Hej,

I stumbled on the fortran-lang/benchmarks repo earlier this week which seems to take the dust. There is a long and fascinating discussion here about whether we should actually benchmark `Fortran`

against other languages, what benchmarking even means in this context, etc. While I don’t want to re-open the heated discussion, I still believe that this could be an awesome pedagogical resources. To some extent, it could serve the same purpose as the Scientific Python Lectures: carefully crafted tutorials for standard scientific computing in `Fortran`

(with and without `stdlib`

) where the influence of some of the key constructs (e.g. nested `do`

loops, `do concurrent`

, array syntax, etc) on the actual implementation of a given algorithm as well its computational performances could be discussed along with some guidelines about options for standard compilers (think `gfortran`

and `ifort`

). Given this point of view, instead of renaming the repo to `idioms`

as suggested here, we could actually rename it **Scientific Fortran Lectures** or something along these lines. This wouldn’t prevent us from including implementations in other languages (e.g. `c`

, `Julia`

, `Python`

, etc) for the sake of comparison without putting too much emphasis on the actual languages performances.

I’m currently teaching some numerical analysis class for undergrads. As many of my colleagues, at the moment we’re using `numpy`

because `Python`

. A **Scientific Fortran Lectures** repo could however become the go-to online resources for educators and serve as a really good advocate for putting `Fortran`

back in the limelight and in the classroom. This is even more true now that a lot of us are using `conda`

as package manager which makes installing compilers really easy on pretty much any system. Likewise, it has never been easier to create `Fortran`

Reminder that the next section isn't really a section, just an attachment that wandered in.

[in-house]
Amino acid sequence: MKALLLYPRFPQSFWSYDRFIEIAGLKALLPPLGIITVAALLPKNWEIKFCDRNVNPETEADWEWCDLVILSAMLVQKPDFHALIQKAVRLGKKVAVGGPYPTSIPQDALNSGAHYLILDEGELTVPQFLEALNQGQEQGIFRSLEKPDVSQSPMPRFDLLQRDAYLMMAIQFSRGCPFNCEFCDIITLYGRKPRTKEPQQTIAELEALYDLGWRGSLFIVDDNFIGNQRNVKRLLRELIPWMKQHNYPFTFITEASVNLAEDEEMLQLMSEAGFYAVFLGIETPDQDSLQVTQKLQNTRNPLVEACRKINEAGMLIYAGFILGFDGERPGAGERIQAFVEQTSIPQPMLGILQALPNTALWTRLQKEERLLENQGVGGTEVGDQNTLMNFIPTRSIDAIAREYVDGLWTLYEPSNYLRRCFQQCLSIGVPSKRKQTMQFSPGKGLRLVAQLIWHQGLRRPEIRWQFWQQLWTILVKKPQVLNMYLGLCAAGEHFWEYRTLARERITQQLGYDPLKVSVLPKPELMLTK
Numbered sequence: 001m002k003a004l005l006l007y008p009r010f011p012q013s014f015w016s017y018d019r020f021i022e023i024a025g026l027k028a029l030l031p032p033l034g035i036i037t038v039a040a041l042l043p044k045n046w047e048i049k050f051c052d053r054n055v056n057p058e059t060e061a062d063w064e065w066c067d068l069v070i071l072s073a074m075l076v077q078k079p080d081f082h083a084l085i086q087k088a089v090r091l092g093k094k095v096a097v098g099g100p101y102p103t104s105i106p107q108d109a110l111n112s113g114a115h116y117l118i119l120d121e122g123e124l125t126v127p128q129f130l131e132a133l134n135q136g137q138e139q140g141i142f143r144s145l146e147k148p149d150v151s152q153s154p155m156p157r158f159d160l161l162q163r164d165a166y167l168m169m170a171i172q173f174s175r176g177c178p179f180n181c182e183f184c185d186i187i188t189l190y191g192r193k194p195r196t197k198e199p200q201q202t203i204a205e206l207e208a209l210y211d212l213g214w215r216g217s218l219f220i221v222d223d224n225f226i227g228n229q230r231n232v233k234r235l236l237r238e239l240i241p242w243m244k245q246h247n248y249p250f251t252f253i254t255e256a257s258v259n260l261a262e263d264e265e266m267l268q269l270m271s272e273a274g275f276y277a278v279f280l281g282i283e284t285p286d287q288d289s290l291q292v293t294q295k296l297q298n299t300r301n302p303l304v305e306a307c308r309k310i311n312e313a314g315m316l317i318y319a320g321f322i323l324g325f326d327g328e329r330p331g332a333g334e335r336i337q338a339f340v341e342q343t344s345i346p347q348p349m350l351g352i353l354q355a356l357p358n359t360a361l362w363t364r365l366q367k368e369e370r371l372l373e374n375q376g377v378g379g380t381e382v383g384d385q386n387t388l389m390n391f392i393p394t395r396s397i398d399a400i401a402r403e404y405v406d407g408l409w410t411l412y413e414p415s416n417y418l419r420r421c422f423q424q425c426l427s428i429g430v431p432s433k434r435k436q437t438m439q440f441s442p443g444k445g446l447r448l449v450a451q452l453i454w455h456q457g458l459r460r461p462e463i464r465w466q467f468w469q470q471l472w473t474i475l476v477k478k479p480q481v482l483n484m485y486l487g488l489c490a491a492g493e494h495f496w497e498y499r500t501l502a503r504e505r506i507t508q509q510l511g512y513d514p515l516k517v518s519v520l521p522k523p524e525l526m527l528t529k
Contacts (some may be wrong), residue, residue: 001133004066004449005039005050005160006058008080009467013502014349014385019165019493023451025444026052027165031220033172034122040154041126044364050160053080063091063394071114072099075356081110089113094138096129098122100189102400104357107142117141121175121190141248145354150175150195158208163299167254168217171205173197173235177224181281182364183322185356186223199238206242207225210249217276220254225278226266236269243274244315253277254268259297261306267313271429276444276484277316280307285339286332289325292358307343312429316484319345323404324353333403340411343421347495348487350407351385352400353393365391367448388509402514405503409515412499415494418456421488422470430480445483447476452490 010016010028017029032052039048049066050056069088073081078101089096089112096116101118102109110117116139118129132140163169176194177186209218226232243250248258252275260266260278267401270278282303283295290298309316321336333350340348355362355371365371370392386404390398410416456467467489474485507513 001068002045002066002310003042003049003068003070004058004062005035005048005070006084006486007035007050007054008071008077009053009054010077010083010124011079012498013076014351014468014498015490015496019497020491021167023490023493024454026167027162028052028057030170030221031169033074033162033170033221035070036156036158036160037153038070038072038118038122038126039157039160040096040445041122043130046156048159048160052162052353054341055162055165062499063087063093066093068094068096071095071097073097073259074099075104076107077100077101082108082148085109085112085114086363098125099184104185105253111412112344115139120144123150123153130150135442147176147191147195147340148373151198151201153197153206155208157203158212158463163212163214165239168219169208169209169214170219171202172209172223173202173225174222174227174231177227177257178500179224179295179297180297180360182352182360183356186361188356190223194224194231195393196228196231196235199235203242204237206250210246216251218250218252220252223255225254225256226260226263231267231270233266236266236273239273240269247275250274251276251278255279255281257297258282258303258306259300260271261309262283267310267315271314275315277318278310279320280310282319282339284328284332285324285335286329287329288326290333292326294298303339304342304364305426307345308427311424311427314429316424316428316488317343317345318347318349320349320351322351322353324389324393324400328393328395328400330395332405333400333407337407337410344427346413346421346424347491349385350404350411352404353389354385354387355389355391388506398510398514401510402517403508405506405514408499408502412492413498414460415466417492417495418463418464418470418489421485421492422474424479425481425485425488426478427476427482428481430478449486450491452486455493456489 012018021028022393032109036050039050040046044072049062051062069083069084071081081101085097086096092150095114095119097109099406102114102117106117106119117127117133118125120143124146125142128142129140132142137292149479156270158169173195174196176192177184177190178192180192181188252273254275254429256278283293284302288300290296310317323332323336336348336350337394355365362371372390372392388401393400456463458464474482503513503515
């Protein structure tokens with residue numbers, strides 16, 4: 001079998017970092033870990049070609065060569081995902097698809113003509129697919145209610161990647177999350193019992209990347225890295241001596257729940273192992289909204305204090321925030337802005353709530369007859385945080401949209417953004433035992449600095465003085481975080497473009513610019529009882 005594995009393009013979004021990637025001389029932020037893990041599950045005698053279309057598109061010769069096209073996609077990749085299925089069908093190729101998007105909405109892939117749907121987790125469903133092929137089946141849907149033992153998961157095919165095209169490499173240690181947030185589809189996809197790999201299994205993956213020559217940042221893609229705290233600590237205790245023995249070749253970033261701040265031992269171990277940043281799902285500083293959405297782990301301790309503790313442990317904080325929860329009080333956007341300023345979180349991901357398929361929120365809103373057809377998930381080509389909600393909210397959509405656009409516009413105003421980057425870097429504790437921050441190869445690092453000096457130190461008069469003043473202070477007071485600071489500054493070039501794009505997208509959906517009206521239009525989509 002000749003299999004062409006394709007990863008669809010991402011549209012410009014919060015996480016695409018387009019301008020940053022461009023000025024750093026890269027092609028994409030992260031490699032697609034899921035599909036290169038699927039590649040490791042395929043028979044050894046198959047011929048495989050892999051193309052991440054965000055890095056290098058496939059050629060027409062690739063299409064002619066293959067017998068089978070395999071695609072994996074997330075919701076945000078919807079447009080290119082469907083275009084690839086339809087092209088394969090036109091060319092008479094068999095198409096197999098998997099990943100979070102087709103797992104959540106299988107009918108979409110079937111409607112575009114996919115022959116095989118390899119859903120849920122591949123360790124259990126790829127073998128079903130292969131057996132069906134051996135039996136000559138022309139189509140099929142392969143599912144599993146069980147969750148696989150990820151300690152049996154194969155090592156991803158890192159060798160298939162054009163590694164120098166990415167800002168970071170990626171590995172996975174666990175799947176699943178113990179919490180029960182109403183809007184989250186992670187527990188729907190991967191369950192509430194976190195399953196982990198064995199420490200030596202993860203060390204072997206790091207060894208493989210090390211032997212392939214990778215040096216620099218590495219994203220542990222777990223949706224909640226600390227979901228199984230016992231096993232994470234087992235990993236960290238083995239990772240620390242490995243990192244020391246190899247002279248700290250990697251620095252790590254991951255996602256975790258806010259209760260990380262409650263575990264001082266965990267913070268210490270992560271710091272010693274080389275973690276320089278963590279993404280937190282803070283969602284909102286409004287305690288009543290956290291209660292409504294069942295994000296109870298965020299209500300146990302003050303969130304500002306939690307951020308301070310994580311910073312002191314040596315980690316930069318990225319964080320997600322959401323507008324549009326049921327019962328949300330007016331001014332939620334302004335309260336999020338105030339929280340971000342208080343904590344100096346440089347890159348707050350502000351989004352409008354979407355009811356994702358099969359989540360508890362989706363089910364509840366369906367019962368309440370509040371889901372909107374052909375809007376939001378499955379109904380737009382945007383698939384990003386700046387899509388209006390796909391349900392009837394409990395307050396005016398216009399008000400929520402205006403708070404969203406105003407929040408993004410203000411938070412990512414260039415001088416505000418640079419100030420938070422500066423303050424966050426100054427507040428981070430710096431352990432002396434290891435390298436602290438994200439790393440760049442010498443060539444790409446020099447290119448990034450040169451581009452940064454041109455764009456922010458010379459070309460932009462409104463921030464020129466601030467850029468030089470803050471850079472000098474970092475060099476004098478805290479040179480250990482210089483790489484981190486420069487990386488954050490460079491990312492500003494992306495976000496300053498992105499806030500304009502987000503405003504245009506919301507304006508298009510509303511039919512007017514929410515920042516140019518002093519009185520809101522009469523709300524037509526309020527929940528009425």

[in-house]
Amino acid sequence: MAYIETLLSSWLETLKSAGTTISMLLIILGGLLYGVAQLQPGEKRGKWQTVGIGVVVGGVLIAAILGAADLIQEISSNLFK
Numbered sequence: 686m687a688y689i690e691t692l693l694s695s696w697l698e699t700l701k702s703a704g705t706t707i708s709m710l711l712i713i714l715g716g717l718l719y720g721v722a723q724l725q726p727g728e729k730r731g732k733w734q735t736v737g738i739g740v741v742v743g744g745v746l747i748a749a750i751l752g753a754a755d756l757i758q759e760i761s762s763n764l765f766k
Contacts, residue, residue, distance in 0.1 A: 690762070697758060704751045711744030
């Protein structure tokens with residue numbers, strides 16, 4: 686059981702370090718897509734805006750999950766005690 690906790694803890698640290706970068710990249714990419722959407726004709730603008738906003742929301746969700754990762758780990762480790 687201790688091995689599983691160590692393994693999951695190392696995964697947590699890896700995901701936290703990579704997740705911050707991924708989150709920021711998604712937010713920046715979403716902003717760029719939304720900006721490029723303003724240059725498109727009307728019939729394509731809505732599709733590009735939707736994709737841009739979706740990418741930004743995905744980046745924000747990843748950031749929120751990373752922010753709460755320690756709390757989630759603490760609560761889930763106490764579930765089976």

projects now that `fpm`

has reached a certain level of maturity and similarly with the on-going initiative by @FedericoPerini and others regarding the linear algebra module in `stdlib`

. Finally, the work by @certik and colleagues on `LFortran`

and the associated jupyter kernel wouldn’t lead to a dramatic change in the workflow of students who, for most of them, are already familiar with jupyter notebooks.

With this in mind, I’ve started to port some of my lecture material to `Fortran`

out of curiosity, beginning with the `Hello World!`

of partial differential equations: solving the 2D Poisson equation on a unit-square discretized with 2nd order accurate central finite differences. I’ve started with the simplest iterative solvers, i.e. the Jacobi and Gauss-Seidel iterations, and I do have a few technical questions about compiler stuff. The examples below are adapted from what is currently available in the fortran-lang/benchmarks repo.

#### Jacobi solver

Here is the simplest (yet reasonably high-performing) `fortran`

implementation of the Jacobi method to solve the 2D Poisson equation.

```
! Iterative solver.
do while (residual > tolerance)
! Update iteration counter.
iteration = iteration + 1
! Reset residual.
residual = 0.0_dp
! Jacobi iteration.
do j = 2, m-1
do i = 2, m-1
! Jacobi update.
phi_prime(i,j) = (phi(i+1,j)+phi(i-1,j)+phi(i,j+1)+phi(i,j-1))/4 + rhs(i, j)
! On-the-fly residual computation.
residual = max(residual, abs(phi_prime(i,j) - phi(i,j)))
end do
end do
! Update solution
phi = phi_prime
end do
```

Below are some timings obtained by compiling the code with `gfortran 13.2.0`

and various optimization level.

`gfortran jacobi.f90 -O0 -o program && ./program`

– 197 seconds`gfortran jacobi.f90 -O1 -o program && ./program`

– 73 seconds`gfortran jacobi.f90 -O2 -o program && ./program`

– 24 seconds`gfortran jacobi.f90 -O3 -o program && ./program`

– 31 seconds`gfortran jacobi.f90 -Ofast -o program && ./program`

– 31 seconds

In all cases, the Jacobi solver run for 376 000 iterations (+/- a few dozens depending on the optimization level). Interestingly, it seems like `-02`

leads to significantly better performances than higher optimization levels.